Without question, I can relate to all of the “real” drug addicts out there on the most basic of levels. Chemical addictions are very much hard to break, and I both sympathize and empathize with all of the hopheads, juicers, stoners, pill poppers, smack junkies and rampaging alcoholics out there to some degree.
Alas, understand is most certainly not the same thing as tolerate.
For years, we’ve heard activists and advocates drone on and on about how the War on Drugs has done nothing but make drug dealers more violent and prevent drug addicts from getting much-needed rehabilitative therapies. The line of thought, of course, is that legalization of drugs will instantly eradicate any and all violence related to the drug trade, while court-ordered treatments will do far more to “straighten out” substance abusers than an infinity amount of time behind bars ever would.
Odds are, you’ve heard some pretty damning statistics about both the War on Drugs and the overall response to drug crimes by the U.S. legal system. For example, you’ve no doubt heard that old chestnut about the United States leading the world in incarceration rates, and that statistic about non-violent drug offenders comprising a majority of the nation’s prison system. Of course, rehabilitative therapy has been proven time and time again to be more successful at reforming drug users instead of incarceration, but although it is less costly, we still find ourselves opting for imprisonment instead. And, as we all know, a disproportionate number of minorities make up the majority of those jailed for drug offenses, with the War on Drugs itself embodying a draconian, almost openly-racist protocol.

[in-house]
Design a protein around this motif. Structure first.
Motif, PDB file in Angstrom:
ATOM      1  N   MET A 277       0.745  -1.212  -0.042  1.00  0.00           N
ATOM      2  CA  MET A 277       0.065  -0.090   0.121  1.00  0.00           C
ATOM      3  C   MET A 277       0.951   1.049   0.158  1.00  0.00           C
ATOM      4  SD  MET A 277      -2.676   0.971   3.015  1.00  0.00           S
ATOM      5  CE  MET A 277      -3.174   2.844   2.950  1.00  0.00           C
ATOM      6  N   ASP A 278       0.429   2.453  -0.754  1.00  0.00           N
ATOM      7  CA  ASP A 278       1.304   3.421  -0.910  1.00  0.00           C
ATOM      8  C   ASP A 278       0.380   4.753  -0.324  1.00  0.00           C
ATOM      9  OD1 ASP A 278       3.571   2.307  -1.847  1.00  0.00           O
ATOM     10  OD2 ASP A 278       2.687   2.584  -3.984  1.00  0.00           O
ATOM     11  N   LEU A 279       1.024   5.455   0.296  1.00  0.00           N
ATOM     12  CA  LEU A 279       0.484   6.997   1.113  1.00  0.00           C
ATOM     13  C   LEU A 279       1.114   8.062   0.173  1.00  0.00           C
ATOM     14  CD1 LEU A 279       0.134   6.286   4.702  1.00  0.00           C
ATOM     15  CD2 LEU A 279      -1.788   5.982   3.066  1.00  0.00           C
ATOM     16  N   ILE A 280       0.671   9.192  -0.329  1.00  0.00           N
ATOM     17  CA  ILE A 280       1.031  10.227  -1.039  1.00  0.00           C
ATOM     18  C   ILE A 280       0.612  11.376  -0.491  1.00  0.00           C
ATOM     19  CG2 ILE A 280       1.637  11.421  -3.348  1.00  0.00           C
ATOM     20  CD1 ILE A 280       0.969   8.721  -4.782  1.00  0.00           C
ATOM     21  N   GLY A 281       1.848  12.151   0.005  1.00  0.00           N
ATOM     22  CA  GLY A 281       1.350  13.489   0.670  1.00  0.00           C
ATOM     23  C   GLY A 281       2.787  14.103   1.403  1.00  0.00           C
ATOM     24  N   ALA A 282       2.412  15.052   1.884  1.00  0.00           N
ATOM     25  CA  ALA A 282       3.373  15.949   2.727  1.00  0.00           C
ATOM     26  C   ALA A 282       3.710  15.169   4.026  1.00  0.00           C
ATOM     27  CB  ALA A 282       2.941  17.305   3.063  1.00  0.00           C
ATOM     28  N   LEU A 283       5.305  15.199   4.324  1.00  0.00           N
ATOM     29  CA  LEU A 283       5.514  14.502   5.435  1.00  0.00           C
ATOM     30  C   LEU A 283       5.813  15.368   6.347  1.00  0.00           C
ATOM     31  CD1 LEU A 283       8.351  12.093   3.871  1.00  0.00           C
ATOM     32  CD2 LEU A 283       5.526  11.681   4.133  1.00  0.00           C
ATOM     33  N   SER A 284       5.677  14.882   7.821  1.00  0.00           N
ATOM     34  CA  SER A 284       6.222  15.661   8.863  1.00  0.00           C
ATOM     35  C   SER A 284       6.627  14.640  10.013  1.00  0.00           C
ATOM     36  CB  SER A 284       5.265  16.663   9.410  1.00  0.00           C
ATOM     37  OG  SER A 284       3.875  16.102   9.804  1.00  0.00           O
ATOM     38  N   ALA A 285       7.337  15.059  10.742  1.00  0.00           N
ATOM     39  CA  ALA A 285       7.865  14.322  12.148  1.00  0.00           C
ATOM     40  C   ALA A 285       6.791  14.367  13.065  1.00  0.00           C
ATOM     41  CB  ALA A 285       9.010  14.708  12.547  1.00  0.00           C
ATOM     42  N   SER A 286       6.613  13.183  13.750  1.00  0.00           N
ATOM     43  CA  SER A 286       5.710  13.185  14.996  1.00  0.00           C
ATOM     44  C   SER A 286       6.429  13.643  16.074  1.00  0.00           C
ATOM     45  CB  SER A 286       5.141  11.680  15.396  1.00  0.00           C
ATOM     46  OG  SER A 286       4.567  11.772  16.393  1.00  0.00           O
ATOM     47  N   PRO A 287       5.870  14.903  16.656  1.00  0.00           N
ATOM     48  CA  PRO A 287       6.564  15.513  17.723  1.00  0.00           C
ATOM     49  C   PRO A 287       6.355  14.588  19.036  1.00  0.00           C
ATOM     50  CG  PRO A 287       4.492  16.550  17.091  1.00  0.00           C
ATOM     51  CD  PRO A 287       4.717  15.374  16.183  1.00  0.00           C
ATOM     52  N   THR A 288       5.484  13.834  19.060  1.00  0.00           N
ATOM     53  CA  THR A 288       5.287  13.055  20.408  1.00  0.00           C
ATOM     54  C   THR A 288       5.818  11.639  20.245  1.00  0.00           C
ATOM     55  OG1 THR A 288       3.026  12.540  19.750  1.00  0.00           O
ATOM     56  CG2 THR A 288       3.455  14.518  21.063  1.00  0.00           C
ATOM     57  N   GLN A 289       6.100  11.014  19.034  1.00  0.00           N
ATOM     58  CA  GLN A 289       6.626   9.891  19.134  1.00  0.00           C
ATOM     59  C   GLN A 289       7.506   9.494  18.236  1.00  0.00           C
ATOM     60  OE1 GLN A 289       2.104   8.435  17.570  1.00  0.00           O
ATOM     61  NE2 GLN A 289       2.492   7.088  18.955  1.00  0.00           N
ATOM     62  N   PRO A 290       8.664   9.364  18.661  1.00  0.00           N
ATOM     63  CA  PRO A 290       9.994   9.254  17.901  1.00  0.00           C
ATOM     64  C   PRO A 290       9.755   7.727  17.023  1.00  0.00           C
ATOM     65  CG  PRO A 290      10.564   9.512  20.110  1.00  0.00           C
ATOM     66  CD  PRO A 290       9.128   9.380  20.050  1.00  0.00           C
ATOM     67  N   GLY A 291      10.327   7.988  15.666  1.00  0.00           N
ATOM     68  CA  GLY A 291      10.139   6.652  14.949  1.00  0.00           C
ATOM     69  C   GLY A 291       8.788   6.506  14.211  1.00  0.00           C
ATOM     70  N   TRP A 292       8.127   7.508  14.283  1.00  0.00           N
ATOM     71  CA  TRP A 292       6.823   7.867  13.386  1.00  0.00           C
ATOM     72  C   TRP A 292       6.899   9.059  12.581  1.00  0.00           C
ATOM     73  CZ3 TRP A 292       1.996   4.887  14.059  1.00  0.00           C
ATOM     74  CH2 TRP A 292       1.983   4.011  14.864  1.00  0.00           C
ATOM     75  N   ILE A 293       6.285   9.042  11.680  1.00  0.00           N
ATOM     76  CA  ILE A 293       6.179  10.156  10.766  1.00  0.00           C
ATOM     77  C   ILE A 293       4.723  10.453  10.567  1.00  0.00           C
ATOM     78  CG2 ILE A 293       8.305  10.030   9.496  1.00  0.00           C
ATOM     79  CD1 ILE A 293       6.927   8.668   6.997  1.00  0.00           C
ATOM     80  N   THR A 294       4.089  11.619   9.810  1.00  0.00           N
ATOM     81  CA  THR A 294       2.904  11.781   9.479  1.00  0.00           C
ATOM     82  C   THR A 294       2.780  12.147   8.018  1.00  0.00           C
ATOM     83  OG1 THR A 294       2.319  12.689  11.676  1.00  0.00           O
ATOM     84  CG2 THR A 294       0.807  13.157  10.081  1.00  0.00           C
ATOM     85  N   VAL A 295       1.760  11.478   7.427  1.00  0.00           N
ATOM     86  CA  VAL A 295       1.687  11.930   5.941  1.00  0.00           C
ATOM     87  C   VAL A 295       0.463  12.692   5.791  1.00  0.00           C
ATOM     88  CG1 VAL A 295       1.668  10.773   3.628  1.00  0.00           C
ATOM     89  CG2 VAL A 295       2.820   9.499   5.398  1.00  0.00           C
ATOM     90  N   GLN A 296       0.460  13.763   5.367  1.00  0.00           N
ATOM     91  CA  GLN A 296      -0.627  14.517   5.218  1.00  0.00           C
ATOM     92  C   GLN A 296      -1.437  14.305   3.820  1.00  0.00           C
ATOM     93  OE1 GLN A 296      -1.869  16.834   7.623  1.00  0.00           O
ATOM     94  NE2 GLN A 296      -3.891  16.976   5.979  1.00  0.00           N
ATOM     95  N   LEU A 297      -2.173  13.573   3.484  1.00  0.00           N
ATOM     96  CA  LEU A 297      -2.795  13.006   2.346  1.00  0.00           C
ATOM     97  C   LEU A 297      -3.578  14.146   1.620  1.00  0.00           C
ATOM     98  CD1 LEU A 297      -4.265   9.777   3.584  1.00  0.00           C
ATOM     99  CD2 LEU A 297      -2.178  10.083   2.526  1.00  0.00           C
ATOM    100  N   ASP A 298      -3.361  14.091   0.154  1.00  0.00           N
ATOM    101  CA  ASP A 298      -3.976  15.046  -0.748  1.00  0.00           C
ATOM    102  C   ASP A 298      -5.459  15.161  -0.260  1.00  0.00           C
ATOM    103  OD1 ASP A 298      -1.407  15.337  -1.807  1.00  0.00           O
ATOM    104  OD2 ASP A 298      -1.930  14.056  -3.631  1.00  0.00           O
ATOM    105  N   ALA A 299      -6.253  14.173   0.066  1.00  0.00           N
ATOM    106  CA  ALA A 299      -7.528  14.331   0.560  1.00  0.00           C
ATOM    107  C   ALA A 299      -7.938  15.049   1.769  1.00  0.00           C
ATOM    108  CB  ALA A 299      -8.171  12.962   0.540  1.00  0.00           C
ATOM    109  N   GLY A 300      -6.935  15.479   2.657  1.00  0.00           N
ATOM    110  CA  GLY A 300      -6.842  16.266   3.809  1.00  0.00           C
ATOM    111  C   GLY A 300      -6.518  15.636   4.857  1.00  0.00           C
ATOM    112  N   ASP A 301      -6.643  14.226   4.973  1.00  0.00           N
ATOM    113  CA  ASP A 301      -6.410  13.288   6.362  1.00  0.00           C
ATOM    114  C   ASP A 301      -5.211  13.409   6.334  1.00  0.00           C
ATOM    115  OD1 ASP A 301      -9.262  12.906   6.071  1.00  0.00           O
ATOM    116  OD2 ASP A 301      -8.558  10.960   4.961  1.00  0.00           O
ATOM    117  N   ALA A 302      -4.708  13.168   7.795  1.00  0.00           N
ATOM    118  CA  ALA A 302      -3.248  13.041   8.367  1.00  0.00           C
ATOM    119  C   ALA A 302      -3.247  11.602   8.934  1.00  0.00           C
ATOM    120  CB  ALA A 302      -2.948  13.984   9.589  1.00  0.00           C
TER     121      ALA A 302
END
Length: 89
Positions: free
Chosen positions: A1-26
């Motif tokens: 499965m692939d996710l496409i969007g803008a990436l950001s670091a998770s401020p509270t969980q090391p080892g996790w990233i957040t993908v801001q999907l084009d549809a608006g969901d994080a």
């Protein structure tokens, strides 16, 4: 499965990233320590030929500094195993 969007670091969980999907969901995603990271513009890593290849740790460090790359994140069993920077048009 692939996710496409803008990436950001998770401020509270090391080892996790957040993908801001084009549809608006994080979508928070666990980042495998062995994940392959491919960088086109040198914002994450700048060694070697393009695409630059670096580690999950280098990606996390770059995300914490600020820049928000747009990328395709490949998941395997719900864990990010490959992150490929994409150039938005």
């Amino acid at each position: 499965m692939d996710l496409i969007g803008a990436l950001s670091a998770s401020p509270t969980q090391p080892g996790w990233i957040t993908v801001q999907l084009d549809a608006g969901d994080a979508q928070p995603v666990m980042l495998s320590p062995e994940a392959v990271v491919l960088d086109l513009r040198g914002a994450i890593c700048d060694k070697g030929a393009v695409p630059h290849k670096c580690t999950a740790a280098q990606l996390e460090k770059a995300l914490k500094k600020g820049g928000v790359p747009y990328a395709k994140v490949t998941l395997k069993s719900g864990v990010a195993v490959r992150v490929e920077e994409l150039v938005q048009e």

Indeed, those numbers are quite startling. Unfortunately, each and every one of them is complete bullshit, misleading propaganda endlessly circulated by pro-legalization stooges, left-wing opportunists and all shades of pro-reform (read: anti-victim) lobbyists.
the United States imprisons about 2.2 million people annually. Keep in mind, that’s ACROSS the entire incarceration spectrum, from county jails (where the average inmates are housed less than six months) all the way up to federal super-maxes. With 313 million people in the nation, that means that, on any given year, the total percentage of the U.S. population behind bars is less than 1 percent (approximately 0.7 percent if you want to be a stickler.) That’s roughly the exact same national percentage of incarcerated individuals posted by St. Kitts and Seychelles, but when was the last time you heard anybody decry any of those nations as prison-industrial complex exemplars?